He said the hardest interview he’d ever done was over the phone with the singer Olivia Newton-John in 1974, shortly after she hit the charts in the United States.
“She’d just started to make it big, and the interview was terrible,” he remembered. “She would give four- or five-word answers. I asked, ‘Who inspires you?’ and she said, ‘There’s just so many people to name,’ — and with that amount of energy. You can tell if someone wants to be with you by the energy they give you back.
“She was young and just starting to make a name for herself, and she couldn’t quite grasp how some deejay in Little Rock was wanting to talk to her.”
Over the years, he followed her career and saw her become more engaged in interviews after she was diagnosed with breast cancer “I saw those and said, ‘I’d like to try that interview again.” (Newton-John died a few days before this interview.)
During his career, O’Neill has emceed countless fundraisers, given who-knows-how-many speeches and deejayed any number of high school dances. But he came to realize the dates on his calendar he looked forward to the most were his visits to schools to read to elementary-aged children.
“More and more, when I would leave a school, that’s when I felt the best,” he said. “You go into a school and stand in front of 40 or 50 second-graders with a book in your hands. They’re clean slates. There’s all this potential that’s sitting right there in front of you, and you cannot wait to see if you can reach out and impact that potential.”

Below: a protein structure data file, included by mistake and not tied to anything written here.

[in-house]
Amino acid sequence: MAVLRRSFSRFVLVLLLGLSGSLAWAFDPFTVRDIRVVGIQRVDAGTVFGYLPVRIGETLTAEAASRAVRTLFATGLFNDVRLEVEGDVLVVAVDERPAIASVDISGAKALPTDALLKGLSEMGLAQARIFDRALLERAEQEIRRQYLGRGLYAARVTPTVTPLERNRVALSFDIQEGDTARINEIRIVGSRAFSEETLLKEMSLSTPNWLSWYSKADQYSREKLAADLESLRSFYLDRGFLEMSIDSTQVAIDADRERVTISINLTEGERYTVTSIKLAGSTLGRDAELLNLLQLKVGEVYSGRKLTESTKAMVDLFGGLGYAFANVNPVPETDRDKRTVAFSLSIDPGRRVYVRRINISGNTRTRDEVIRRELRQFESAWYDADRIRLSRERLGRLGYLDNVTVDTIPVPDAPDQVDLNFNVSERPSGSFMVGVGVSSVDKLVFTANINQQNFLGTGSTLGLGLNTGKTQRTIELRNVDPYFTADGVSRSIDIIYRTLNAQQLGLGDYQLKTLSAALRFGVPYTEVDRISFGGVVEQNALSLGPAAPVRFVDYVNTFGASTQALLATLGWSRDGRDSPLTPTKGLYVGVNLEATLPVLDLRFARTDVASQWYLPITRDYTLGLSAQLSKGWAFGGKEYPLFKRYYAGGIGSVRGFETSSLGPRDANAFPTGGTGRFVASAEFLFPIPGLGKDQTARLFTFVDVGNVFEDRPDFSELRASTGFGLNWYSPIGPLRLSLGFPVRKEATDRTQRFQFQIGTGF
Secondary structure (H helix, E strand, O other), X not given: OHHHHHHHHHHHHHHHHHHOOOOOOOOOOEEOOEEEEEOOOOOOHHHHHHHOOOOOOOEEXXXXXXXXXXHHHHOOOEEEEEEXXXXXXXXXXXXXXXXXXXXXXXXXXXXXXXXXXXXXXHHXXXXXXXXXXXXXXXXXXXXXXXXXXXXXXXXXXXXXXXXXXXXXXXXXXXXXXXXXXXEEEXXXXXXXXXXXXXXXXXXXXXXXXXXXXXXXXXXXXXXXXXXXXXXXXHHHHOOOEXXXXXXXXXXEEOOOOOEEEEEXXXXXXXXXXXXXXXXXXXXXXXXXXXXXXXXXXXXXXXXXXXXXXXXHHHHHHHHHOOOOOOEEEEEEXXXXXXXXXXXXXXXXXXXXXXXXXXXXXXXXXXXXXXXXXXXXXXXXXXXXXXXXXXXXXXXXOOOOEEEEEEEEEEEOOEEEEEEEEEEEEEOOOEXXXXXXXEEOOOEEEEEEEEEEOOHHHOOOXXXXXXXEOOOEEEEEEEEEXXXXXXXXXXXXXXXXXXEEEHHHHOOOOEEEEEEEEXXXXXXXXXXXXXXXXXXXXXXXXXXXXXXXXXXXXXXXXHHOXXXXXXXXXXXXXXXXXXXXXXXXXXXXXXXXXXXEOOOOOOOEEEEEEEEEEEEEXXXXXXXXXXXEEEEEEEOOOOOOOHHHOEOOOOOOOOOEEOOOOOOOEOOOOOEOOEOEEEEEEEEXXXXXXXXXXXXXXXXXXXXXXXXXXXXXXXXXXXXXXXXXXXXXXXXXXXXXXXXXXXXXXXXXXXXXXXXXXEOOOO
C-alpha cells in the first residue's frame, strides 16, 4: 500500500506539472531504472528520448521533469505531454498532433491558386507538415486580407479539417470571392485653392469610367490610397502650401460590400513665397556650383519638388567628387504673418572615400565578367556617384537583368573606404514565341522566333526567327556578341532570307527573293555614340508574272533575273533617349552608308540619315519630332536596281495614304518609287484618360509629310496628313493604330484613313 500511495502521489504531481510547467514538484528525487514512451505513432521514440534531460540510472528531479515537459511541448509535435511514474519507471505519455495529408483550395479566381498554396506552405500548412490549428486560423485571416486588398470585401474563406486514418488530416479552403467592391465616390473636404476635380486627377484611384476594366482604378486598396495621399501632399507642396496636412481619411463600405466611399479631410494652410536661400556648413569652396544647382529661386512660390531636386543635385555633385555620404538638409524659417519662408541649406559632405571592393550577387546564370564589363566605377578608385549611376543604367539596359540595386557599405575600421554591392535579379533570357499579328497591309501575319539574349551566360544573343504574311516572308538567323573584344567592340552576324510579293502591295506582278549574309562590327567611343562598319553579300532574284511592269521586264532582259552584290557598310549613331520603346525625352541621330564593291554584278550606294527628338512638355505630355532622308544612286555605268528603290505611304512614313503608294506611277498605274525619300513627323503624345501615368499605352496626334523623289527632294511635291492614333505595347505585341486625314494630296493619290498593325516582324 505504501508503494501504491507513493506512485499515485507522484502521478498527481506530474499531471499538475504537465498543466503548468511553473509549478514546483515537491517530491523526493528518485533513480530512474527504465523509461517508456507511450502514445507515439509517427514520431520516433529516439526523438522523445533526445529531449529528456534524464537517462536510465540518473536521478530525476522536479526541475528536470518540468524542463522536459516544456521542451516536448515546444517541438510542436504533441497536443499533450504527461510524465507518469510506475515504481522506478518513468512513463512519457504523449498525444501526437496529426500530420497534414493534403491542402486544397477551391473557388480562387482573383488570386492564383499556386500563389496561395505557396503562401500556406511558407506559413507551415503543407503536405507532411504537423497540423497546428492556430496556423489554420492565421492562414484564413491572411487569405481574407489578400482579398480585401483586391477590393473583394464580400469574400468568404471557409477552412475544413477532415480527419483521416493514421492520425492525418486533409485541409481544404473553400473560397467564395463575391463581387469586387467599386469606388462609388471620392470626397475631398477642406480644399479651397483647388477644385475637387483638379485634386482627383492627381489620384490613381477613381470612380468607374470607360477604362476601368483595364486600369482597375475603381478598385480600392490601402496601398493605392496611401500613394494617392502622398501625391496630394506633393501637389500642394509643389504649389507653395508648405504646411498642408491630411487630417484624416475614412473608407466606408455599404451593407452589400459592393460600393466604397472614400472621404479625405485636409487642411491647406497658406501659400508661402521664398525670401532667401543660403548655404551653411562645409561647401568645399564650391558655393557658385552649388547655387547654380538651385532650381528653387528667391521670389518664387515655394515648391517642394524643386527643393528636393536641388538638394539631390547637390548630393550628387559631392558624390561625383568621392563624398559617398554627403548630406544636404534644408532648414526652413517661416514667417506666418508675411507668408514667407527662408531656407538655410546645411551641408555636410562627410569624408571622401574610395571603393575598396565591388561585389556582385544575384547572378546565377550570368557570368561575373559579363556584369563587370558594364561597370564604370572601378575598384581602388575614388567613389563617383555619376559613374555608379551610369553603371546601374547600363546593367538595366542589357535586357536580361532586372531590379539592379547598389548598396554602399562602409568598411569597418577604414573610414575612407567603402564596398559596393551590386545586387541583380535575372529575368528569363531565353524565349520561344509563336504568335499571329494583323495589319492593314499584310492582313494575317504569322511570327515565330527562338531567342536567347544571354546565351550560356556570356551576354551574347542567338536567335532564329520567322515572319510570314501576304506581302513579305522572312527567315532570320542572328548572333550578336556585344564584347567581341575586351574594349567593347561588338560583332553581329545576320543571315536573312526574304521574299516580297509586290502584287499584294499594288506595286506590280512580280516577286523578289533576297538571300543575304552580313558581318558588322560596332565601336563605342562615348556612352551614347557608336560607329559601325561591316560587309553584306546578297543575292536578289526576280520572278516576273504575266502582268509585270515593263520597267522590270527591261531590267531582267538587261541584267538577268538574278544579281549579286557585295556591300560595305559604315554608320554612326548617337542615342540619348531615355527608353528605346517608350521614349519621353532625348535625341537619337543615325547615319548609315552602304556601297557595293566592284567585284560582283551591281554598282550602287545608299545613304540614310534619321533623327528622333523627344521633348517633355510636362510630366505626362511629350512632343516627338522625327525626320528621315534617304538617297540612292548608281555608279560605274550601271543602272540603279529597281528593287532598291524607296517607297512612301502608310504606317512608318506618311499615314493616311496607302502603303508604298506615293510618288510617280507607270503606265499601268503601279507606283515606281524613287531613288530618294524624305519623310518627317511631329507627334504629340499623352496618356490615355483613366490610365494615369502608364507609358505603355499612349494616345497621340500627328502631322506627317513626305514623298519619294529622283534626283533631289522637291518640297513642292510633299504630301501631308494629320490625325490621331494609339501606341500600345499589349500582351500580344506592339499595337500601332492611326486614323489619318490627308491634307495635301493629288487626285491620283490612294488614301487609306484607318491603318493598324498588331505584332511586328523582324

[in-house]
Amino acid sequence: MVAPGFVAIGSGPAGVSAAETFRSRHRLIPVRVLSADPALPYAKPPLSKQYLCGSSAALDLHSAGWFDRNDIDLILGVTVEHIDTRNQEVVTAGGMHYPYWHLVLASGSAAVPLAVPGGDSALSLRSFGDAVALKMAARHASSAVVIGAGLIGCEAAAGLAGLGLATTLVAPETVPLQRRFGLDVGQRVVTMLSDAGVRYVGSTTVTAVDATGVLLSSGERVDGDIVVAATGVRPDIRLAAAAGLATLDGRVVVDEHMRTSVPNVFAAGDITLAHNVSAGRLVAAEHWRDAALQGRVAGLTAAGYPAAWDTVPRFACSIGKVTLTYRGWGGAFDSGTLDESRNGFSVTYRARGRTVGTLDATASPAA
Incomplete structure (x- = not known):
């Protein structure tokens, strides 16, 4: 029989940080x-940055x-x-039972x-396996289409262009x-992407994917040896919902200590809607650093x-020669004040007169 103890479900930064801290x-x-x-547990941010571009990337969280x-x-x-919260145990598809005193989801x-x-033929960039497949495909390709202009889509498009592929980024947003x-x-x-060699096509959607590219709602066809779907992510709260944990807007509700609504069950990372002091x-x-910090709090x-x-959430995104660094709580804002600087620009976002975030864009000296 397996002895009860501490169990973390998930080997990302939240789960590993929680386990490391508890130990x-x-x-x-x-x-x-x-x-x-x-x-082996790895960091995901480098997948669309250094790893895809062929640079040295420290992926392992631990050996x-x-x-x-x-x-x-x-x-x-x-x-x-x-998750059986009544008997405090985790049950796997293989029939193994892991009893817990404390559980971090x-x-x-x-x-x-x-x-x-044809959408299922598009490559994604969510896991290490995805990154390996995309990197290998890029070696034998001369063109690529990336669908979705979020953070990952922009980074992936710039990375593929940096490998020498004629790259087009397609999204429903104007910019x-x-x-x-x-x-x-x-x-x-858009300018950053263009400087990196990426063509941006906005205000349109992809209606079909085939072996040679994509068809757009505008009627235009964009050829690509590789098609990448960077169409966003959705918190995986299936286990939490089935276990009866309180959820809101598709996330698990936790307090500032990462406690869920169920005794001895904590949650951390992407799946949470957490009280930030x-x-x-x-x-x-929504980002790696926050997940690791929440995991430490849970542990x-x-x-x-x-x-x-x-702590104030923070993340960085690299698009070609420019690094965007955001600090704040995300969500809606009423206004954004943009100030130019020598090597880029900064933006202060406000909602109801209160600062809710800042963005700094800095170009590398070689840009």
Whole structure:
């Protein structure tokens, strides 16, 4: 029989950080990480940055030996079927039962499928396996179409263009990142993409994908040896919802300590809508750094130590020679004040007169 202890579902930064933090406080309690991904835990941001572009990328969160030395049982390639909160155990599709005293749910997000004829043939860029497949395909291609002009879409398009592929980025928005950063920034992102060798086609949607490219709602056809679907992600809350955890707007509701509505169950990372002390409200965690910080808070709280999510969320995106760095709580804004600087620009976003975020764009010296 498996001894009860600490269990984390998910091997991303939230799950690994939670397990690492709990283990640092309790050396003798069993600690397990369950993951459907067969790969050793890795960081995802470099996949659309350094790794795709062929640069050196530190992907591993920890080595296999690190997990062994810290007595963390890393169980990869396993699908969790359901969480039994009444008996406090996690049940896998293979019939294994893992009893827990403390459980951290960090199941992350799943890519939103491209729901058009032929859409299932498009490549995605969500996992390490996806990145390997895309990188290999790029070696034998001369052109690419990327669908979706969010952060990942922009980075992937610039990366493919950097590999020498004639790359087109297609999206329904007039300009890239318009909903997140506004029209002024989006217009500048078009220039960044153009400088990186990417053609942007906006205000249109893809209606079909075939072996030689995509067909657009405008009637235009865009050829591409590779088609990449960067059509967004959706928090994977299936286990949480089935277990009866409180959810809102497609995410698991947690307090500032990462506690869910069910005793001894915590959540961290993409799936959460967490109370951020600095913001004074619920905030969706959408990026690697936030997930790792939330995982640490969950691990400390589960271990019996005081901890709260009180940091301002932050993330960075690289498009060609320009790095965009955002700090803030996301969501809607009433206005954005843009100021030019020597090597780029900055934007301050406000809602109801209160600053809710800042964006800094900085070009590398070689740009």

A few years ago, he gave up the fundraising dates to focus on the reading. The purpose behind his literacy efforts is to show kids the joy of reading. “This is a borrowed concept, but it’s so true, that with a book you have a best friend that is always going to give you its best,” he said. “With a book, you find something about yourself, and with a book you are never alone. And that’s what I’m trying to impart. My whole point is, go to a book if you want to have a great time. And if you’re talking about the joy of reading, you’ve got to be joyful.”
Statistics show the importance of children reading at grade level by third grade.“If they’re not, then that’s a prison bed,” O’Neill said.
He recalled one library visit where a woman brought her daycare children to hear him read. She told him afterward she had been one of those kids several years earlier.
“She said, ‘When I was in third grade, I was in foster care, and they’d taken me out of the foster home I loved and put me in another, and they changed my school,’” he recalled. “She said, ‘My first day at Terry Elementary, I was upset and angry and hated being there. And you came and you made me laugh and took me to places I didn’t think I’d ever see again.’”
He incorporates his joyful hobby into his duties at KTHV with the Reading Roadtrip segment. “I don’t know if it’s going to move the needle, but the greatest thing I hear is from a parent who tells me, ‘After you came to the school, over the weekend my child reached for a book and not a phone.’
“You live for that.”